Language: Concepts and Conventions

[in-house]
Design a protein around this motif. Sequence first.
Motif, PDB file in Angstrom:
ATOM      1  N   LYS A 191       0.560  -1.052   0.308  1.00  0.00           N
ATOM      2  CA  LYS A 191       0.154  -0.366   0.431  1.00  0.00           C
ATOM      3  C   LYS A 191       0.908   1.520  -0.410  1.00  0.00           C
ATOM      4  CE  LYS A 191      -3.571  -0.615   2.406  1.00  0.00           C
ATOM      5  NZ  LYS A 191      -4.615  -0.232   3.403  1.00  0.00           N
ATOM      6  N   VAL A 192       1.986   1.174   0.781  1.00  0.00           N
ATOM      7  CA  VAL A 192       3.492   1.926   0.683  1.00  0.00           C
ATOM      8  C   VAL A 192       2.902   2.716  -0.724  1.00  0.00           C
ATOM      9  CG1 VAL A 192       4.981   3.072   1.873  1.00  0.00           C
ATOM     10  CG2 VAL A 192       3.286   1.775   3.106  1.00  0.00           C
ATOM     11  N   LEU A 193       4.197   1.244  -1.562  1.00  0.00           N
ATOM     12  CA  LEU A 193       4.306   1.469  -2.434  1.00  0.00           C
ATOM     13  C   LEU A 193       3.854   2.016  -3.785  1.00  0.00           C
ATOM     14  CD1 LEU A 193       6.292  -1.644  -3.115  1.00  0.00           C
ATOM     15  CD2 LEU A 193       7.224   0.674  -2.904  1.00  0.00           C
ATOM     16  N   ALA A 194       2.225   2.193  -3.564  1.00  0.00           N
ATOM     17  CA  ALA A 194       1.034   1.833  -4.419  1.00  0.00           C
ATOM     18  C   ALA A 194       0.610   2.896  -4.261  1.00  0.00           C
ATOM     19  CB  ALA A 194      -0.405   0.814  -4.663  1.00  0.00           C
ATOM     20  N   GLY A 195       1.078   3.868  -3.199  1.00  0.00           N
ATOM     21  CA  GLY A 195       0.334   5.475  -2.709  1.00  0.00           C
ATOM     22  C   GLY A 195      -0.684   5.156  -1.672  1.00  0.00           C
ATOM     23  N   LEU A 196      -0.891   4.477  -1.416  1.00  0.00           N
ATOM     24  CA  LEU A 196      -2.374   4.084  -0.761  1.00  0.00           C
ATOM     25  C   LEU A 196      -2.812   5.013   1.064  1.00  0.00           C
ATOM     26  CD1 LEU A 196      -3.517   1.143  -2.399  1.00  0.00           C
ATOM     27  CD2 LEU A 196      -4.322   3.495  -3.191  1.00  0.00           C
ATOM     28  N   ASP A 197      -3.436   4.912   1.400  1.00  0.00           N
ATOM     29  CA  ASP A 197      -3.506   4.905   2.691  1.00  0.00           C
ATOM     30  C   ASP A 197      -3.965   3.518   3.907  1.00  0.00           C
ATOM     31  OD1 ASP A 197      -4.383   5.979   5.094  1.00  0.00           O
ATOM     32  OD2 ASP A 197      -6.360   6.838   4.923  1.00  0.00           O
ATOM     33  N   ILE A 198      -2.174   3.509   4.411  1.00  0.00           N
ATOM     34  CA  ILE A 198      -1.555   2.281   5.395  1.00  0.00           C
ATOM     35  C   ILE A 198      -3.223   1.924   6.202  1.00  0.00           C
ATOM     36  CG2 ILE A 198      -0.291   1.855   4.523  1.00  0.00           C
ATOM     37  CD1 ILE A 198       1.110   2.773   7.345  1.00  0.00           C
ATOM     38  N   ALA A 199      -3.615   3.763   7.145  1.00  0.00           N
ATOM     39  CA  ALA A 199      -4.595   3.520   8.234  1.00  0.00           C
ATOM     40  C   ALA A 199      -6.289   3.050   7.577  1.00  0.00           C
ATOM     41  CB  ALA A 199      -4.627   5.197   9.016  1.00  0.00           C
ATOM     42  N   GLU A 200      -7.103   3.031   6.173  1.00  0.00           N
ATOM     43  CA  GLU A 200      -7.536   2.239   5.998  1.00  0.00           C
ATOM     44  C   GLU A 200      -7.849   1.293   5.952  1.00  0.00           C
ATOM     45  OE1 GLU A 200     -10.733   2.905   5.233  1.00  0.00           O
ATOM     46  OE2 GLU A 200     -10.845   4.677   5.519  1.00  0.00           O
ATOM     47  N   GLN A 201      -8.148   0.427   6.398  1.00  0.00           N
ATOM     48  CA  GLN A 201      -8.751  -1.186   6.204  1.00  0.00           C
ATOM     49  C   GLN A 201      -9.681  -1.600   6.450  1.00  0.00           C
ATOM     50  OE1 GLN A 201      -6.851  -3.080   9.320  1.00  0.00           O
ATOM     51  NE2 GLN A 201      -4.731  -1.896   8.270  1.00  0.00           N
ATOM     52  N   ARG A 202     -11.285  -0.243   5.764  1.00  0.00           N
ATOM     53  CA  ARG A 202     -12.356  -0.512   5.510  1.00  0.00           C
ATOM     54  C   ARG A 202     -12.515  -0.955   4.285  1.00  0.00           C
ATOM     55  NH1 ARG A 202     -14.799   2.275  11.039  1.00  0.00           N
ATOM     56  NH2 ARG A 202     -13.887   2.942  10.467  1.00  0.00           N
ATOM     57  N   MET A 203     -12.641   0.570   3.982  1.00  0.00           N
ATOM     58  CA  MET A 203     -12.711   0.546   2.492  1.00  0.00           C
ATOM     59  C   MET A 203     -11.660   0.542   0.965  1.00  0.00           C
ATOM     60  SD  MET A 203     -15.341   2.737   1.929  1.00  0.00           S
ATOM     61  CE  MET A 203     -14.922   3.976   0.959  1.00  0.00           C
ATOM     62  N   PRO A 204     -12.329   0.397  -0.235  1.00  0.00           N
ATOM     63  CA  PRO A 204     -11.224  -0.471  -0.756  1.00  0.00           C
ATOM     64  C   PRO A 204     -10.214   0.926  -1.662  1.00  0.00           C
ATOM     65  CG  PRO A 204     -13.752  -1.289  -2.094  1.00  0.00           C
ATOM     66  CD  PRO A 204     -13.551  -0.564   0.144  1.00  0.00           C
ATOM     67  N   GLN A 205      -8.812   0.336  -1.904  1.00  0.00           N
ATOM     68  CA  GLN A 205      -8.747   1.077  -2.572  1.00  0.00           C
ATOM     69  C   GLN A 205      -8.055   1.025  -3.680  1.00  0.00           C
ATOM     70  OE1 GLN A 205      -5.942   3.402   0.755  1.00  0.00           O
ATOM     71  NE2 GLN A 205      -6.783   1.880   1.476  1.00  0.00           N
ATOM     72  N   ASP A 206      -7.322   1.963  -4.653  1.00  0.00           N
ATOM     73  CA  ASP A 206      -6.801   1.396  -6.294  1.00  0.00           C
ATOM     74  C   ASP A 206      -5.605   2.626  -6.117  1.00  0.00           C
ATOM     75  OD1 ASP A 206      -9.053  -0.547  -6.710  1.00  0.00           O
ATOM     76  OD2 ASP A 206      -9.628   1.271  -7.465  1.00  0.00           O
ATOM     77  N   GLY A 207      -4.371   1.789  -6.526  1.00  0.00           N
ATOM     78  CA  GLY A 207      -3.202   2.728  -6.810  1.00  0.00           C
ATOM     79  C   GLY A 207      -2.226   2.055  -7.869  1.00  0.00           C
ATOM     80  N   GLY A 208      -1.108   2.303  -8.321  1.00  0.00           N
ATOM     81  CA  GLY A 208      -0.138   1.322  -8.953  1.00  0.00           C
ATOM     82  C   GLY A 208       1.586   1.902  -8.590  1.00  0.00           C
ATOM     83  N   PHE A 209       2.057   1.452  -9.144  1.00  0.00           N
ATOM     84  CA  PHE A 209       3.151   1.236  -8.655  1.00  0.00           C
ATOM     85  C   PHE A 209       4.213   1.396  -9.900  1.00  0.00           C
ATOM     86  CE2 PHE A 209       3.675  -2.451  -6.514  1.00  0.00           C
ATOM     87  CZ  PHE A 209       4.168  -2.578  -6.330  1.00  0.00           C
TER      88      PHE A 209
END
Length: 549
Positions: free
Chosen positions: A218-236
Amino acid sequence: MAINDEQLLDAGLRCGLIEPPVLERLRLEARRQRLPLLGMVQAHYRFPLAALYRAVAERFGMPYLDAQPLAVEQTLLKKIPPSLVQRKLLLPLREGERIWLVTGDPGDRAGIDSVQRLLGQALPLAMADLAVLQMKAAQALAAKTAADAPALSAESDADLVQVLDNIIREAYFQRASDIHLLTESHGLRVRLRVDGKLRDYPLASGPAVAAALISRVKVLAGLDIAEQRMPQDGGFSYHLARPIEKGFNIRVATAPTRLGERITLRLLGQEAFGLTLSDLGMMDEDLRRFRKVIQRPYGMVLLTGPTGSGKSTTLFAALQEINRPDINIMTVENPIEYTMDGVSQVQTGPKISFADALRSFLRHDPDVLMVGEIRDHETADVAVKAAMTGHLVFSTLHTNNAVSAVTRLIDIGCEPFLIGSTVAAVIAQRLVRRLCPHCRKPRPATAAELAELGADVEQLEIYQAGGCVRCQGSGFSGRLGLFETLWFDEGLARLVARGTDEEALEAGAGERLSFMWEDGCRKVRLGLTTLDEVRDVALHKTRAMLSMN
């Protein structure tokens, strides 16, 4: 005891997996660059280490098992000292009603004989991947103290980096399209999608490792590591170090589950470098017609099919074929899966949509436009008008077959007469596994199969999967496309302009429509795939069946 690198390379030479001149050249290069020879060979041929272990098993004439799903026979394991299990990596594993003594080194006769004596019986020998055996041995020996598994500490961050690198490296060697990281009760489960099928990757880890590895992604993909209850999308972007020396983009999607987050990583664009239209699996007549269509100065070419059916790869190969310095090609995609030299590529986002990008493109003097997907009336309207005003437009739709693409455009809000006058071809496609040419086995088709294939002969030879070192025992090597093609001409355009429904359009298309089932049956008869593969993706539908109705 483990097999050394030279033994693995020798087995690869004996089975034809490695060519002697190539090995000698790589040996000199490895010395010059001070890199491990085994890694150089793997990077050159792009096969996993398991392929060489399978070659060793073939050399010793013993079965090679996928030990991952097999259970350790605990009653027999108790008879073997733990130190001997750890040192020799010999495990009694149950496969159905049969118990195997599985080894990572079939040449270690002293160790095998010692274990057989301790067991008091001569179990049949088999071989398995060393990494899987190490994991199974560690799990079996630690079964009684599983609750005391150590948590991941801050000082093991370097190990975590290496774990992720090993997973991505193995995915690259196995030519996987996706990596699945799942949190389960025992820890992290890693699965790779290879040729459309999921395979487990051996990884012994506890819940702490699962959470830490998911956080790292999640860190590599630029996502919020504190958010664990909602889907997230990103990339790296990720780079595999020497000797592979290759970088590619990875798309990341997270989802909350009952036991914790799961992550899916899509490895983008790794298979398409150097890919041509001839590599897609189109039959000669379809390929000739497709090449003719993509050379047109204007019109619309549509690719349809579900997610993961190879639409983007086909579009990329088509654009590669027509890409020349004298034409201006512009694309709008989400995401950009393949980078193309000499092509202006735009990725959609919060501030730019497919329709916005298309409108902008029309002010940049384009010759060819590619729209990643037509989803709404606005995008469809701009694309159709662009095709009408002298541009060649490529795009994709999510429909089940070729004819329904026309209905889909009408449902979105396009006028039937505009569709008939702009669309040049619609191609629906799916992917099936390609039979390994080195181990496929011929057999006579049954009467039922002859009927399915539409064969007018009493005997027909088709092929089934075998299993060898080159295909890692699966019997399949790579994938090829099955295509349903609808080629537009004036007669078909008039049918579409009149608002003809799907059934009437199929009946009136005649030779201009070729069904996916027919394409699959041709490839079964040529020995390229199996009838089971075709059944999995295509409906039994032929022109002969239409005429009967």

Much of the language used to describe the effects of heat was developed at a time when it was thought that heat was itself an invisible and indestructible fluid-like substance. This caloric was able to flow into (or out of) a body, thereby raising (or lowering) its temperature. In addition, caloric could sometimes flow into a body without raising its temperature, as when ice melts into water of the same temperature. This water was then thought to contain a quantity of hidden, or latent, heat which must be extracted in order to re-freeze the water. Perhaps unsurprisingly, the rise of the mechanical theory of heat in the mid-nineteenth century posed a number of conceptual and linguistic problems. First, should one even speak of heat flow? Remarkably, such language is still commonplace in the twenty-first century, despite the fact that almost nobody believes in the caloric theory of heat from which it was derived. Second, if heat itself is not a conserved substance, then what is the fate of the (so-called) heat which is added to a body—for example when a container of gas is heated over a fire? How much of the added heat goes into motion of the gas molecules (internal kinetic energy)? How much of it goes into changing the configuration of the molecules (internal potential energy)? How much of it goes into moving the walls of the container which confine the gas (external work)? And how much of it simply escapes into nearby bodies, heating them up? In the reading selection below, taken from the appendix to the sixth memoir of The Mechanical Theory of Heat, Clausius attempts to introduce terminology which more accurately reflect the new mechanical theory of heat. Has Clausius’ terminology stuck?